What is the Difference Between Criminal Offences and Provincial Regulatory Offences?
What are Criminal Offences?
In the Canadian legal system, there are offences legislated under the Criminal Code of Canada and there are offences legislated under the Provincial Offences Act, or other Provincial Statues.
This difference can be confusing for the for the accused as the word "offence" applies to both.
These offences carry respective consequences for the accused upon conviction.
Criminal Code Offences?
Criminal Offences are set out under the Criminal Code of Canada and enacted by Federal Parliament.
Offences under the Criminal Code of Canada are typically more serious and carry more serious consequences for the accused upon conviction.
Criminal Code offences intend to minimize criminal activity in Canadian Society and acts as a punitive threat.
Conviction under the Criminal Code will typically result in a criminal record for the accused.
Violations under The Controlled Drug and Substances Act and The Firearms and Other Weapons Act are examples of offences under the Canadian Criminal Code.
These offences are generally resolved through Criminal Court proceedings.
While offences under the Criminal Code can sometimes be resolved through pre-trail proceedings, such as Crown Pre-Trials or Judicial Pre-Trials, it is still required that the accused, or a representative for the accused, appear in court on behalf of the accused.
The resolutions of these offences can often require involve a full criminal trial proceeding.
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Provincial Offences are governed by the Provincial Offences Act, and include a multitude of statues enacted by the Provincial Legislature through regulations authorized by Provincial Legislative Acts and municipal by-laws.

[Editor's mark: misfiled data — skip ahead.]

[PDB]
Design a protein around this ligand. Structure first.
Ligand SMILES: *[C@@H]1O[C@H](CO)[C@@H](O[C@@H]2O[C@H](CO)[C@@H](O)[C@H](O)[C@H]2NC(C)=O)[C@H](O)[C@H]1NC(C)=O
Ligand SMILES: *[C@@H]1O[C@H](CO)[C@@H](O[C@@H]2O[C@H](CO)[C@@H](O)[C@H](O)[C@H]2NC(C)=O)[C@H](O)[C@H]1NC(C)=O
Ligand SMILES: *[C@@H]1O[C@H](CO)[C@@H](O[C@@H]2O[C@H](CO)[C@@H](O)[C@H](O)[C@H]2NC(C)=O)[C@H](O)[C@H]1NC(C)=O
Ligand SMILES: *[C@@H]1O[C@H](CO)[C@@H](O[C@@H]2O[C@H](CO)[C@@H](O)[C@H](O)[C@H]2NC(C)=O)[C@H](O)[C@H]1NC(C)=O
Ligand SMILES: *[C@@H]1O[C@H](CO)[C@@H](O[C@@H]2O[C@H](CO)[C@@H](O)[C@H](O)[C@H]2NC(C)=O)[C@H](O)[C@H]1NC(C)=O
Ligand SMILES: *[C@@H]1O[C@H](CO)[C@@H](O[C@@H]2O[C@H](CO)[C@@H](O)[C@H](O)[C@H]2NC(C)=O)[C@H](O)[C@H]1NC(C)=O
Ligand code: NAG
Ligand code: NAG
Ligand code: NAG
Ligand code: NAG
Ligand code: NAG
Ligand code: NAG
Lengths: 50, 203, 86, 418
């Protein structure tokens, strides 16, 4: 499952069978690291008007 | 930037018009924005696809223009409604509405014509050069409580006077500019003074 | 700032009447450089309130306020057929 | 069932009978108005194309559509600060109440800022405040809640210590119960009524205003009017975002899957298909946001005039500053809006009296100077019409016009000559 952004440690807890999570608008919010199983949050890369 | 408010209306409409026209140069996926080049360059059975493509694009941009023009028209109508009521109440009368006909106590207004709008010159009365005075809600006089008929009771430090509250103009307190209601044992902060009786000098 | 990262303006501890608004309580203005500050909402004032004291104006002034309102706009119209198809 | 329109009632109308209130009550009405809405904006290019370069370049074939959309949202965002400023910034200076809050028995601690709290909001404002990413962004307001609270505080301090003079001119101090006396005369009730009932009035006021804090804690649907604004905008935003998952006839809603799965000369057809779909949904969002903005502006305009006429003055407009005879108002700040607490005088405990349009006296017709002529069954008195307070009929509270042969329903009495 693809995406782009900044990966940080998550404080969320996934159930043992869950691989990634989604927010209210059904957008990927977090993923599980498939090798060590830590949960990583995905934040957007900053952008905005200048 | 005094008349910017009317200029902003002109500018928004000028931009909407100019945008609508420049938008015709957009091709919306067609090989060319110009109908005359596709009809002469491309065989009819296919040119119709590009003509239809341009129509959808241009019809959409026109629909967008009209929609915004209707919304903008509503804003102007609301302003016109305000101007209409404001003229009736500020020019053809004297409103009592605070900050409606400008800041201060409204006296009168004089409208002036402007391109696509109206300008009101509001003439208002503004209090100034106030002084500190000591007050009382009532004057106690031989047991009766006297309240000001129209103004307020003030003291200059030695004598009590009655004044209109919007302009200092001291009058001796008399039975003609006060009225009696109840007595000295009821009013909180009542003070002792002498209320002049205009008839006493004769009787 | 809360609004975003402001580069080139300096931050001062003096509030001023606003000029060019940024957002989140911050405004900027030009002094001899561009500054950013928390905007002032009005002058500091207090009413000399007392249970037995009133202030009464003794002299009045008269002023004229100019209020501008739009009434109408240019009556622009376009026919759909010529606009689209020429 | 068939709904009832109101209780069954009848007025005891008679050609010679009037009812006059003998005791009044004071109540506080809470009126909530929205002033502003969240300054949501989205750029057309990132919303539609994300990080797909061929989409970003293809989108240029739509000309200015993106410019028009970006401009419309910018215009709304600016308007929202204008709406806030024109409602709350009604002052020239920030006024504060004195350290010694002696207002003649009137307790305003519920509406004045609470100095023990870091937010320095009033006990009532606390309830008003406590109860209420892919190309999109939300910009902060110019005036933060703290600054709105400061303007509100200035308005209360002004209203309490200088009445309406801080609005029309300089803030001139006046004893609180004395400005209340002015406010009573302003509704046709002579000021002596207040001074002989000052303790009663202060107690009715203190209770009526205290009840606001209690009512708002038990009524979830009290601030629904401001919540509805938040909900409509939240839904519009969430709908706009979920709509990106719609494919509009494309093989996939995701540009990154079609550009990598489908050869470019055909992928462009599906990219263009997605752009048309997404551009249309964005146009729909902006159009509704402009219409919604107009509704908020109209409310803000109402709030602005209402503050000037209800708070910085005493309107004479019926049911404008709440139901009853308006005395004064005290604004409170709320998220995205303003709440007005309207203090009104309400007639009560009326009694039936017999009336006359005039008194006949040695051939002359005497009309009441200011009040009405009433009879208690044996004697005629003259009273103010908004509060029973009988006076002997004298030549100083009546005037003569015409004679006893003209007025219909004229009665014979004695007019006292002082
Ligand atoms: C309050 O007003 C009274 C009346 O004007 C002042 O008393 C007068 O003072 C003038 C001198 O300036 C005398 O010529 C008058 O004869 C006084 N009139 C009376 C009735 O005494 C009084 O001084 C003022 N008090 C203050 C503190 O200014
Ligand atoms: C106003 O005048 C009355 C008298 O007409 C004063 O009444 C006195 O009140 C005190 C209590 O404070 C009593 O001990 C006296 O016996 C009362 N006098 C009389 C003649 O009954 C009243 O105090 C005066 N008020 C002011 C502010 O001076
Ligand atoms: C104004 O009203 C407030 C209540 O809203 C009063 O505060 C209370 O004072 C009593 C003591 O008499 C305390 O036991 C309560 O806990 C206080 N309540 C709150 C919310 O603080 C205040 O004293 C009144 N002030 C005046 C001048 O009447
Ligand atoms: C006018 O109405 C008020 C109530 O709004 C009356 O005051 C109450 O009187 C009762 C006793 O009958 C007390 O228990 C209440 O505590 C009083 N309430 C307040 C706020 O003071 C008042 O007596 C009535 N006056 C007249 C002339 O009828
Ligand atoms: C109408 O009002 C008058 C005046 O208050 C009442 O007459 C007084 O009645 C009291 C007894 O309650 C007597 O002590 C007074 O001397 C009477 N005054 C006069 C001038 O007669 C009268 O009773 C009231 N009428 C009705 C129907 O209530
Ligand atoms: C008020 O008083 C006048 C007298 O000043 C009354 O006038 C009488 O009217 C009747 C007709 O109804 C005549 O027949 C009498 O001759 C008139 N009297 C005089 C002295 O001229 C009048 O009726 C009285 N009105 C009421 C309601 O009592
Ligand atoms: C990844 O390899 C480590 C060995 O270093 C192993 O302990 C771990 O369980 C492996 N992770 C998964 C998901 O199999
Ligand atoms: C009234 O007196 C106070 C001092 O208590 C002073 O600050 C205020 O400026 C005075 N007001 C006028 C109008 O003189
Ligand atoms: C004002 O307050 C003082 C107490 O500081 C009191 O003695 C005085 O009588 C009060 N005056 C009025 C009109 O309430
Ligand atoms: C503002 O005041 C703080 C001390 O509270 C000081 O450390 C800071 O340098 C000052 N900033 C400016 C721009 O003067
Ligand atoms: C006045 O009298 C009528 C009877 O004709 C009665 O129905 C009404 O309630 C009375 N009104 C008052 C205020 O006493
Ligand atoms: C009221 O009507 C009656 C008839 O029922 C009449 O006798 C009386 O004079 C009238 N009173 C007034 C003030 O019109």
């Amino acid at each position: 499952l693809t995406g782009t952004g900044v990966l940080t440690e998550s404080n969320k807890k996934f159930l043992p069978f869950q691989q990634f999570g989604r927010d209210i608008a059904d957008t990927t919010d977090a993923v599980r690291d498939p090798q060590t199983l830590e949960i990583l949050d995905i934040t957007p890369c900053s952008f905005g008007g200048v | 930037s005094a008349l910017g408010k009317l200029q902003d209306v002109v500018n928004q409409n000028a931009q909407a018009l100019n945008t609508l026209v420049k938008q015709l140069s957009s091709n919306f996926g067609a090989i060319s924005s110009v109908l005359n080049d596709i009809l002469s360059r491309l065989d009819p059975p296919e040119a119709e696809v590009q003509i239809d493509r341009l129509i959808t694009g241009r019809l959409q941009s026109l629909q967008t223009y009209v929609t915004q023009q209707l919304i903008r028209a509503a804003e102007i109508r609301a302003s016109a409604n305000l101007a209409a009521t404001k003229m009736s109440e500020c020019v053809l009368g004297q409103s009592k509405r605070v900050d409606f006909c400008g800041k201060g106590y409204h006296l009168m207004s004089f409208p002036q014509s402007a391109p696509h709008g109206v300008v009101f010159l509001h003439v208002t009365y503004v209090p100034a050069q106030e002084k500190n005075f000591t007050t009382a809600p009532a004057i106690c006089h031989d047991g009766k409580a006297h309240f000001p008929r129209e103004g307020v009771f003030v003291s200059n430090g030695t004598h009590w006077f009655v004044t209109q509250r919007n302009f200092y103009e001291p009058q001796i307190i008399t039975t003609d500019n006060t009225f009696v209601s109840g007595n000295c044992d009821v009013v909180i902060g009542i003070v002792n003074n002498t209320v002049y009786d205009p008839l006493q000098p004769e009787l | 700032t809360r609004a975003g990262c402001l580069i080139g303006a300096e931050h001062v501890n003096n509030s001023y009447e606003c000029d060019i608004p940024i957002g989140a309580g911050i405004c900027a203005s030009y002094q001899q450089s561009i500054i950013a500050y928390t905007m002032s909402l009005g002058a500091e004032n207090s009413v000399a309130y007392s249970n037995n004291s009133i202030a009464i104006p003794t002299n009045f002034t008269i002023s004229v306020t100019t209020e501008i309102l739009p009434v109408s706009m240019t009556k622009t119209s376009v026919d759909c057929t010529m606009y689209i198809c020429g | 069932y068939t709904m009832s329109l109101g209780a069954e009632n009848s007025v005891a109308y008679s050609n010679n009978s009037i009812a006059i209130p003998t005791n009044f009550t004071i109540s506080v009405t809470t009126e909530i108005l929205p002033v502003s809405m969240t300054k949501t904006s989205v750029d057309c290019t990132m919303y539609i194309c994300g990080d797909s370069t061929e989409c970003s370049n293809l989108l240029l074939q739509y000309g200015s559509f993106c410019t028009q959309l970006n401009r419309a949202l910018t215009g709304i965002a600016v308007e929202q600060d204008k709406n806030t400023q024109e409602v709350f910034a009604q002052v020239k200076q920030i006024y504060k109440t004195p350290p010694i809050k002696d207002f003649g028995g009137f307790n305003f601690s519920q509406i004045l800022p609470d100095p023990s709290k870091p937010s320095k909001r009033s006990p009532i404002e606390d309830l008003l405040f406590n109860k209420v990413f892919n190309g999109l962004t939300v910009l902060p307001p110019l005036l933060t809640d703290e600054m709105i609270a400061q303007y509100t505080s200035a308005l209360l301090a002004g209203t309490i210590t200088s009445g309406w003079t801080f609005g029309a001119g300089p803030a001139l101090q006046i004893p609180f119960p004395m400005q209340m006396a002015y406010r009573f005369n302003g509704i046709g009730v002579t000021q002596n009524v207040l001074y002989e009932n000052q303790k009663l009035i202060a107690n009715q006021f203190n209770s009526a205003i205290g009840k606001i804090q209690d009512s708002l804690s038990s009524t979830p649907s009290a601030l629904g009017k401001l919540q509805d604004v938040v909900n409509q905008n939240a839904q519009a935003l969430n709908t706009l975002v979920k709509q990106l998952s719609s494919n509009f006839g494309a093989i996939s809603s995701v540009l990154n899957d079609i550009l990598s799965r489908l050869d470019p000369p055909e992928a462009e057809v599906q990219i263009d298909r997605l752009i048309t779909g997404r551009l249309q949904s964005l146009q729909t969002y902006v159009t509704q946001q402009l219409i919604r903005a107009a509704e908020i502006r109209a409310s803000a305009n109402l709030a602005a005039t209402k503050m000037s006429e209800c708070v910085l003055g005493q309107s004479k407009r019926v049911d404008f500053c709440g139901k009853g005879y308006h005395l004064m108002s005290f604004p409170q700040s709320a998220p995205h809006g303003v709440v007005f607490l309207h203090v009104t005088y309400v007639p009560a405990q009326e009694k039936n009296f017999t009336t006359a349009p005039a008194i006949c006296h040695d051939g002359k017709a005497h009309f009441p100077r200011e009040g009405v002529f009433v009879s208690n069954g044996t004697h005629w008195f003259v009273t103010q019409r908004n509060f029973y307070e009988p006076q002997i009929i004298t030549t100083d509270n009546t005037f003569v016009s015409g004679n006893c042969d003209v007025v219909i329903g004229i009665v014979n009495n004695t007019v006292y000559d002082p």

In Ontario, the Provincial Offences Act intends to regulate the day-to-day lives of all people living in Ontario.
Conviction of a Provincial Statute will not appear on the accused's Criminal Record.
Violations under the Highway Traffic Act, The Fish and Wildlife Conservation Act, The Liquor Licence Act, and The Occupational Health and Safety Act are examples of Provincial Regulatory offences
These offences are considered less serious and regulatory, but can still carry serious consequences for the accused upon conviction, such as a suspended drivers license.
The Provincial Offences Act consists of three parts. The first and second parts relate to minor offences and parking infractions that are initiated by a certificate of offence given to accused by an officer, typically a ticket.
Generally these offences are resolved with fines provided for the ticket. It is the individuals right to pay the fine or have a hearing in front of a Justice of the Peace regarding the issue.
The third part of the Act sets out the procedures for offences that are serious enough that the accused must attend Court to answer to the charge but are not serious enough to be included in the Criminal Code.
Are Provincial Regulatory Offences Serious?
Charges under either the POA or the Criminal Code can be serious as both can carry negative consequences for the accused.
If you are charged with an offence under either the Provincial Offences Act or the Criminal Code you should consult with a lawyer, such as Toronto Defence Lawyer, so they can assist you to determine the best way to resolve your charges.